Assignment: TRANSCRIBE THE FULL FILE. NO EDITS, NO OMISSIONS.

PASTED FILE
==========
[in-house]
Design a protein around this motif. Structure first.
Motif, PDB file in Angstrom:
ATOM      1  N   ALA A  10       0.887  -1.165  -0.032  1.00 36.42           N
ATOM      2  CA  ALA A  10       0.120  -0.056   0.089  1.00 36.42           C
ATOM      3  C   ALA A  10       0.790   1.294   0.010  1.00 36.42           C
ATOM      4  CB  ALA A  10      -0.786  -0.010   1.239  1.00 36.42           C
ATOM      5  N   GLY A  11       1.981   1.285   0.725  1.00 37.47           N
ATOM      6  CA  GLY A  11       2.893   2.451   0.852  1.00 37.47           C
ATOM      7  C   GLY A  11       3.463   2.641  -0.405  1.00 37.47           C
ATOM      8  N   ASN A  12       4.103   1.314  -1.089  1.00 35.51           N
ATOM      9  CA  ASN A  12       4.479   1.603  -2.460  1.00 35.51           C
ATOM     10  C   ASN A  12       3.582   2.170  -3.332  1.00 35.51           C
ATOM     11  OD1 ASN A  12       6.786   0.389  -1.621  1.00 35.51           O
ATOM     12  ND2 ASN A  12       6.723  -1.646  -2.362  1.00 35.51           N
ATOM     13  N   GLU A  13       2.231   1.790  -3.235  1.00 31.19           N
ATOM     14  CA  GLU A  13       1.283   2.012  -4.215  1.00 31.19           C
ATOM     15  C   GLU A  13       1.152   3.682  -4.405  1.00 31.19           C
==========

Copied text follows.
[in-house]
Design a protein around this motif. Structure first.
Motif, PDB file in Angstrom:
ATOM      1  N   ALA A  10       0.887  -1.165  -0.032  1.00 36.42           N
ATOM      2  CA  ALA A  10       0.120  -0.056   0.089  1.00 36.42           C
ATOM      3  C   ALA A  10       0.790   1.294   0.010  1.00 36.42           C
ATOM      4  CB  ALA A  10      -0.786  -0.010   1.239  1.00 36.42           C
ATOM      5  N   GLY A  11       1.981   1.285   0.725  1.00 37.47           N
ATOM      6  CA  GLY A  11       2.893   2.451   0.852  1.00 37.47           C
ATOM      7  C   GLY A  11       3.463   2.641  -0.405  1.00 37.47           C
ATOM      8  N   ASN A  12       4.103   1.314  -1.089  1.00 35.51           N
ATOM      9  CA  ASN A  12       4.479   1.603  -2.460  1.00 35.51           C
ATOM     10  C   ASN A  12       3.582   2.170  -3.332  1.00 35.51           C
ATOM     11  OD1 ASN A  12       6.786   0.389  -1.621  1.00 35.51           O
ATOM     12  ND2 ASN A  12       6.723  -1.646  -2.362  1.00 35.51           N
ATOM     13  N   GLU A  13       2.231   1.790  -3.235  1.00 31.19           N
ATOM     14  CA  GLU A  13       1.283   2.012  -4.215  1.00 31.19           C
ATOM     15  C   GLU A  13       1.152   3.682  -4.405  1.00 31.19           C